Blog Entry

Bowl system will be "chaos" if Big 12 implodes

Posted on: September 7, 2011 6:56 pm
If the Big 12 implodes next season by Texas A&M leaving for the SEC and more Big 12 teams leaving for other leagues, it would open up a BCSbowl spot for an at-large team but also would have an even greater impact on the bowl system.

"If the Big 12 isn't around next year, I can sum up the bowl system in one word: chaos," a college football industry source told

The Fiesta Bowl gets the Big 12 champion, if it doesn’t finish among the top two in the final BCS standings, as its "anchor" team. However without a Big 12 Conference, the Fiesta would be left to choose two at-large teams.

But it wouldn't be that simple. A major question would be when would the Fiesta Bowl get its first pick of at-large teams? The BCS by-laws are currently set up so that the five bowls – BCS, Rose, Fiesta, Orange and Sugar – have a set rotation each year to fill their bowls. Without a Big 12 champion would the Fiesta Bowl get the first at-large pick overall or have to wait until the last pick?

Bowl sources said that could be a major issue since the BCS certainly couldn’t have predicted the Big 12 might not be around when the current BCS contract expires after the January 2014 games.

“We’re in close contact with our partners and are monitoring developments,” a Fiesta Bowl spokesperson said Wednesday. “We are not going to speculate on rumors related to the Big 12 Conference or anyone else for that matter.”

BCS executive director Bill Hancock also said Wednesday he does not discuss hypothetical situations.

Also, the BCS bowls can only take two teams from a conference, so that would increase the chances for non-AQ conference teams, such as Boise State, to secure an at-large BCS bowl bid.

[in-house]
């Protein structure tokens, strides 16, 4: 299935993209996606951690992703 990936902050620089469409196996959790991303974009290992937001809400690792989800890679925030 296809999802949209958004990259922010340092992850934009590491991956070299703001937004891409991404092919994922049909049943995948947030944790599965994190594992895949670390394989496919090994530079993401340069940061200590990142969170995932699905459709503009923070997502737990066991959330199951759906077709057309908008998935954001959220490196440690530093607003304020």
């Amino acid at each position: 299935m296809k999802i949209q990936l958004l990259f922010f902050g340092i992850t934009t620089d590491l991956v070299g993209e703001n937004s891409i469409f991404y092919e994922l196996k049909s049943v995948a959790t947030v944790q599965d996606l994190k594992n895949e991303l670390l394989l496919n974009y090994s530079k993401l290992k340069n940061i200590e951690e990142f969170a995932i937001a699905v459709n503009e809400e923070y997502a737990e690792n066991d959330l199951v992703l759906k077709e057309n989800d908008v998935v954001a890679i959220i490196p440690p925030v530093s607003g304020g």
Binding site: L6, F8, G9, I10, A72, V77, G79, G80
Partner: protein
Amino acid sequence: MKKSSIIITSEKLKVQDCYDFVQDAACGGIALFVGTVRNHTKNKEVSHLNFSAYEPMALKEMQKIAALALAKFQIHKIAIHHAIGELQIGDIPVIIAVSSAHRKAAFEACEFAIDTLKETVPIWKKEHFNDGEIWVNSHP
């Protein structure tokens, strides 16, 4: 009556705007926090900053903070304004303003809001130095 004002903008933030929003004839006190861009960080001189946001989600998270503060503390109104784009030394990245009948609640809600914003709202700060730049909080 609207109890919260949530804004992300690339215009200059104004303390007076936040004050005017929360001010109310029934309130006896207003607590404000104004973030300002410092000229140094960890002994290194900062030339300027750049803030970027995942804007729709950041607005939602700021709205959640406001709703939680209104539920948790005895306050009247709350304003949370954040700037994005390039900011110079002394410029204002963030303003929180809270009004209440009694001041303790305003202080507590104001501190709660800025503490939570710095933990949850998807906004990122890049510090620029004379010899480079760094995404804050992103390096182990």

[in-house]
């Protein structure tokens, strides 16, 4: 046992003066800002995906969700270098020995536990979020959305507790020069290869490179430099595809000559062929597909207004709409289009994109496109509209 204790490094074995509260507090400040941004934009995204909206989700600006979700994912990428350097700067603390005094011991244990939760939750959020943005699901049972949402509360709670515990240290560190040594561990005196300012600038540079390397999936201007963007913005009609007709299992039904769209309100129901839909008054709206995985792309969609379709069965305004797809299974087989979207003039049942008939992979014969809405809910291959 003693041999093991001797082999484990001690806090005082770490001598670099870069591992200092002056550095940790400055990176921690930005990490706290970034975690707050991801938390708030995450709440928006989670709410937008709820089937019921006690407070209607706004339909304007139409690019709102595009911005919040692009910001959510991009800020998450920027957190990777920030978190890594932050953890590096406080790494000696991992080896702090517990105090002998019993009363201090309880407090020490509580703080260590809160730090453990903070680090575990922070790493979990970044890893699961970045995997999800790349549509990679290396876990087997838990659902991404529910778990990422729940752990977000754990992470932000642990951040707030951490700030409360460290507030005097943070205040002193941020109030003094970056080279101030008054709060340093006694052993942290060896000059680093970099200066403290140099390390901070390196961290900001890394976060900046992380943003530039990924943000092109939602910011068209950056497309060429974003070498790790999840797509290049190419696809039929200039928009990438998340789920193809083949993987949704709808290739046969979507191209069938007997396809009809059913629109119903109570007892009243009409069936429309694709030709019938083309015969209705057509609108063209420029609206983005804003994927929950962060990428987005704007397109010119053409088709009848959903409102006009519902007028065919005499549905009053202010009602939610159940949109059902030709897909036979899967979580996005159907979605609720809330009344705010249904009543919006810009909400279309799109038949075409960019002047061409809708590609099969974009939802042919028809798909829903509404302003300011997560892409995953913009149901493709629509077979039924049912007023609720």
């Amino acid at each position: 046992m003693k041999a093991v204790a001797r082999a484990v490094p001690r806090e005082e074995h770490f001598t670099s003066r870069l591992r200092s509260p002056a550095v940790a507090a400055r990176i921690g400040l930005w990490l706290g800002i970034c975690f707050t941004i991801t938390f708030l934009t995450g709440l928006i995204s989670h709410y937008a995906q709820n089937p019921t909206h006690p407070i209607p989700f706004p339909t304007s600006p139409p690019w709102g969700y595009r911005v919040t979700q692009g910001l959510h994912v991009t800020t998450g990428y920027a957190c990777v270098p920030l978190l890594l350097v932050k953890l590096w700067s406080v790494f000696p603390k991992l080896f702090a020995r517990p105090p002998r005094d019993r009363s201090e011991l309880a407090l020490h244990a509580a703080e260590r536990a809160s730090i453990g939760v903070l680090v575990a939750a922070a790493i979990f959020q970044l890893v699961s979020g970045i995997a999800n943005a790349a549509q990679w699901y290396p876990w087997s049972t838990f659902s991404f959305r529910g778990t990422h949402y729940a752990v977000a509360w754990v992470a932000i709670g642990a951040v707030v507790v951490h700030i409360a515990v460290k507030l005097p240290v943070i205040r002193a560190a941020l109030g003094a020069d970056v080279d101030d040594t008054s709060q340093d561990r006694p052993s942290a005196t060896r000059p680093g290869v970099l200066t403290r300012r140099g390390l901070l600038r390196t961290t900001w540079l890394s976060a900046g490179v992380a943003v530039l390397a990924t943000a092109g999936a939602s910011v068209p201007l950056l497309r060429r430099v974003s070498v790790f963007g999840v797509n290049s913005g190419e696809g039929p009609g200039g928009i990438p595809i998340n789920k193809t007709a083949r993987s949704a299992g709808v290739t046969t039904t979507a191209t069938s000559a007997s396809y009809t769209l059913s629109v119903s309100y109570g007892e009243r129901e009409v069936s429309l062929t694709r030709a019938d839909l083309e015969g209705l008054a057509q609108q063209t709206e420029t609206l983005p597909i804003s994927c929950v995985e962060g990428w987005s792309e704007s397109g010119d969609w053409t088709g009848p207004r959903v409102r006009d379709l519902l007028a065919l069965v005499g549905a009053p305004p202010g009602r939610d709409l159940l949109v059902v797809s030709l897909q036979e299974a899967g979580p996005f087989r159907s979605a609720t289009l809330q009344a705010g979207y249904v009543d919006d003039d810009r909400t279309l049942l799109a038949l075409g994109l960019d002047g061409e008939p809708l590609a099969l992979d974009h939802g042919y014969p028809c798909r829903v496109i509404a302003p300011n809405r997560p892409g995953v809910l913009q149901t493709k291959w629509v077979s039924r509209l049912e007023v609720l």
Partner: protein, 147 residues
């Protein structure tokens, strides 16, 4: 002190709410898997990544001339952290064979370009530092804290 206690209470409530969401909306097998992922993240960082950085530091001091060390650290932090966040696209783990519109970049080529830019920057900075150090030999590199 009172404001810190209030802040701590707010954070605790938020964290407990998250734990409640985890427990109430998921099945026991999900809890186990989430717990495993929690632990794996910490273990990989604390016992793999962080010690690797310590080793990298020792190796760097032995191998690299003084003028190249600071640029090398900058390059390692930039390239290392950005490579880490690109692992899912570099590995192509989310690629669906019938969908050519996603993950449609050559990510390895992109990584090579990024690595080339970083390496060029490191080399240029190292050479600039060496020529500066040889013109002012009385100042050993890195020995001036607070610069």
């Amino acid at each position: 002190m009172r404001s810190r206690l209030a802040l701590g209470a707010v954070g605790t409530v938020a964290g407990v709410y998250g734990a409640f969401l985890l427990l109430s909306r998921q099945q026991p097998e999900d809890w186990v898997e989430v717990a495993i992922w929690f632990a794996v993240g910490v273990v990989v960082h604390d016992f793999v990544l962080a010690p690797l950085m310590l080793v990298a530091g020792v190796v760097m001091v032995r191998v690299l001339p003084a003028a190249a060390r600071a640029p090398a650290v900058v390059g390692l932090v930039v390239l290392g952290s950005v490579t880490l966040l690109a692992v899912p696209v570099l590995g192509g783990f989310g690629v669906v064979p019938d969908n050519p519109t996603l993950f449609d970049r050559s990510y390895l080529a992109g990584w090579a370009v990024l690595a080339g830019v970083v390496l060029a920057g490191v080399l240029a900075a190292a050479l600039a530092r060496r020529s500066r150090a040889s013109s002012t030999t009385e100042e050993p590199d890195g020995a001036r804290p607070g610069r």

A bigger – and more complex – issue that would impact one-fifth of the bowls would be what does the bowls with Big 12 tie-ins do for teams if there is no Big 12?

Besides the Fiesta, the Big 12 bowl lineup is Cotton, Alamo, Insight, Holiday, Texas and Pinstripe.

So the Cotton, instead of pairing the No. 2 team from the Big 12 against the No. 3 pick from the SEC, would have to wait until all of the other remaining bowls with existing contracts with the other 10 conferences choose their teams before it could fill that spot.

“What do you think will happen when [SEC commissioner] Mike Slive’s third-place team doesn’t have a quality opponent,” a source said.

The bowls all have specific contracts indicating a specific pick from a conference to play another specific pick from another conference.

But if that conference is the Big 12 and it doesn’t exist anymore, it would be nullify the bowl agreement and nullify the television contract, a source said.

“You’d be starting over," a source said. "It involves everyone. What are we going to do? Have a draft of teams? ESPN doesn’t want to broadcast Michigan vs. Fresno State, it wants to televise Michigan against a comparable BCS program.”

“If the Big 12 doesn't survive," said a college football industry source, “the bowl system will be a gigantic mess.”


Since: Mar 15, 2010
Posted on: September 26, 2011 10:28 am

Bowl system will be "chaos" if Big 12 implodes

Got some schools here I am surprised are not being talked about for the Big 12. Also some points.

1: Don't replace, Expand: Look at the proactive ACC going to 14 schools and follow that model. say Mizzou leaves and add 6 teams.

2: considering the picked over land scape, take the hot stock/merger/acquisition approach and build schools in smart markets that will also build the conference long term

3: Teams: I have 8 that would make financial sense and 2 that would keep the conference strong in regional tradition

4: Teams ranked in order:

1. San Diego State: This is a perefect example of a great school, location, market, stadium, facilities, recruiting ground and already a city with Holiday Bowl ties to the Big 12. A destination for any road game for good travel bases. Also this is a school with a base that would raise in passion if they played in a good conference. I still can't believe this school gets no headlines other thatn its region, excluding the Pac-12 that already has that market, the location only makes sense for the Big other BCS conference.

2. BYU: obvious-own network, tradition, Slat Lake and national market for alumns and religion

3. West Virginia: they want out, the market is unappealing, but the mark in that region is and especially with a relevant school looking to get out of the Big East this is a power school that should be in to maintain conference relevancy to counter Iowa St, KSU, and Baylor